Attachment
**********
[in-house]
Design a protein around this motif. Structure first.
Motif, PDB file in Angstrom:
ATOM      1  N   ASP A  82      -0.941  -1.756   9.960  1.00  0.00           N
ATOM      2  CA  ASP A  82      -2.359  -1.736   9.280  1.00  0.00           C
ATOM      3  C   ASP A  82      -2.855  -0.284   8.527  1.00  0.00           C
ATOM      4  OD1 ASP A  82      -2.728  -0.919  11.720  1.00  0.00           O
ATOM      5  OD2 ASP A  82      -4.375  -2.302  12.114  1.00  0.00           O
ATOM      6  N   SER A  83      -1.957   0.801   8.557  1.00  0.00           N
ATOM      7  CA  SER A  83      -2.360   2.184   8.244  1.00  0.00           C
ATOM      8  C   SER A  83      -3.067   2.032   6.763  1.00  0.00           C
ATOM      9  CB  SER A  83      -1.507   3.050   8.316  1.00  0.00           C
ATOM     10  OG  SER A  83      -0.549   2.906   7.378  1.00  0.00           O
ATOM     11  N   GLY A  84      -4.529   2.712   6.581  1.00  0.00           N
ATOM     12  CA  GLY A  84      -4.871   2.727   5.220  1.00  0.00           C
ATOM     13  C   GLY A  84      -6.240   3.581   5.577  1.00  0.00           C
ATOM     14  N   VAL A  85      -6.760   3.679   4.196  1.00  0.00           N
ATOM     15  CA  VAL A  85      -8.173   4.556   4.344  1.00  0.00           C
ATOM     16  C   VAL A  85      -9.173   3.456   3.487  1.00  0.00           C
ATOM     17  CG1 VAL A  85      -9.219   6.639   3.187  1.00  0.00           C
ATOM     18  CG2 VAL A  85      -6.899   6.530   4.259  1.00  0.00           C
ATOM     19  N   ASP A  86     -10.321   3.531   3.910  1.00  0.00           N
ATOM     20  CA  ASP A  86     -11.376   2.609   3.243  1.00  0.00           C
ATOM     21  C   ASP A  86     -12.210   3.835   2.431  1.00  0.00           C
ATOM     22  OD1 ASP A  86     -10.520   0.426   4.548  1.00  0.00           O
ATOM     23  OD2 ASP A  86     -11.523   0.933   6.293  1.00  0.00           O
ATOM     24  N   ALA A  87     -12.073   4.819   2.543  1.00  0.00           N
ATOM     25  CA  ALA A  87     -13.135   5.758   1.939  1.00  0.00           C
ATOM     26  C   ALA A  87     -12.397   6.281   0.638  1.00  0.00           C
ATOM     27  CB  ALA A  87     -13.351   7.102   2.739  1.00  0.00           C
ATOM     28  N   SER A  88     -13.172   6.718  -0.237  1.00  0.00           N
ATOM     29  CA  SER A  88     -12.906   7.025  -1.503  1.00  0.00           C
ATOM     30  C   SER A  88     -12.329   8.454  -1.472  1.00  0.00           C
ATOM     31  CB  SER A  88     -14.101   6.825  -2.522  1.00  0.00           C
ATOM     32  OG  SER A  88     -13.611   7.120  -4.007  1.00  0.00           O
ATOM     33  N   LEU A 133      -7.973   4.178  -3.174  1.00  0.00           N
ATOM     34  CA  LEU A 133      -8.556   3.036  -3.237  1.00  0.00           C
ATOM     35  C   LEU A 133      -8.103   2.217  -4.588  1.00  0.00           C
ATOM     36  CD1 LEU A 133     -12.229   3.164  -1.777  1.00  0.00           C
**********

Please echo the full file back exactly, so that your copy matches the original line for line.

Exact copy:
[in-house]
Design a protein around this motif. Structure first.
Motif, PDB file in Angstrom:
ATOM      1  N   ASP A  82      -0.941  -1.756   9.960  1.00  0.00           N
ATOM      2  CA  ASP A  82      -2.359  -1.736   9.280  1.00  0.00           C
ATOM      3  C   ASP A  82      -2.855  -0.284   8.527  1.00  0.00           C
ATOM      4  OD1 ASP A  82      -2.728  -0.919  11.720  1.00  0.00           O
ATOM      5  OD2 ASP A  82      -4.375  -2.302  12.114  1.00  0.00           O
ATOM      6  N   SER A  83      -1.957   0.801   8.557  1.00  0.00           N
ATOM      7  CA  SER A  83      -2.360   2.184   8.244  1.00  0.00           C
ATOM      8  C   SER A  83      -3.067   2.032   6.763  1.00  0.00           C
ATOM      9  CB  SER A  83      -1.507   3.050   8.316  1.00  0.00           C
ATOM     10  OG  SER A  83      -0.549   2.906   7.378  1.00  0.00           O
ATOM     11  N   GLY A  84      -4.529   2.712   6.581  1.00  0.00           N
ATOM     12  CA  GLY A  84      -4.871   2.727   5.220  1.00  0.00           C
ATOM     13  C   GLY A  84      -6.240   3.581   5.577  1.00  0.00           C
ATOM     14  N   VAL A  85      -6.760   3.679   4.196  1.00  0.00           N
ATOM     15  CA  VAL A  85      -8.173   4.556   4.344  1.00  0.00           C
ATOM     16  C   VAL A  85      -9.173   3.456   3.487  1.00  0.00           C
ATOM     17  CG1 VAL A  85      -9.219   6.639   3.187  1.00  0.00           C
ATOM     18  CG2 VAL A  85      -6.899   6.530   4.259  1.00  0.00           C
ATOM     19  N   ASP A  86     -10.321   3.531   3.910  1.00  0.00           N
ATOM     20  CA  ASP A  86     -11.376   2.609   3.243  1.00  0.00           C
ATOM     21  C   ASP A  86     -12.210   3.835   2.431  1.00  0.00           C
ATOM     22  OD1 ASP A  86     -10.520   0.426   4.548  1.00  0.00           O
ATOM     23  OD2 ASP A  86     -11.523   0.933   6.293  1.00  0.00           O
ATOM     24  N   ALA A  87     -12.073   4.819   2.543  1.00  0.00           N
ATOM     25  CA  ALA A  87     -13.135   5.758   1.939  1.00  0.00           C
ATOM     26  C   ALA A  87     -12.397   6.281   0.638  1.00  0.00           C
ATOM     27  CB  ALA A  87     -13.351   7.102   2.739  1.00  0.00           C
ATOM     28  N   SER A  88     -13.172   6.718  -0.237  1.00  0.00           N
ATOM     29  CA  SER A  88     -12.906   7.025  -1.503  1.00  0.00           C
ATOM     30  C   SER A  88     -12.329   8.454  -1.472  1.00  0.00           C
ATOM     31  CB  SER A  88     -14.101   6.825  -2.522  1.00  0.00           C
ATOM     32  OG  SER A  88     -13.611   7.120  -4.007  1.00  0.00           O
ATOM     33  N   LEU A 133      -7.973   4.178  -3.174  1.00  0.00           N
ATOM     34  CA  LEU A 133      -8.556   3.036  -3.237  1.00  0.00           C
ATOM     35  C   LEU A 133      -8.103   2.217  -4.588  1.00  0.00           C
ATOM     36  CD1 LEU A 133     -12.229   3.164  -1.777  1.00  0.00           C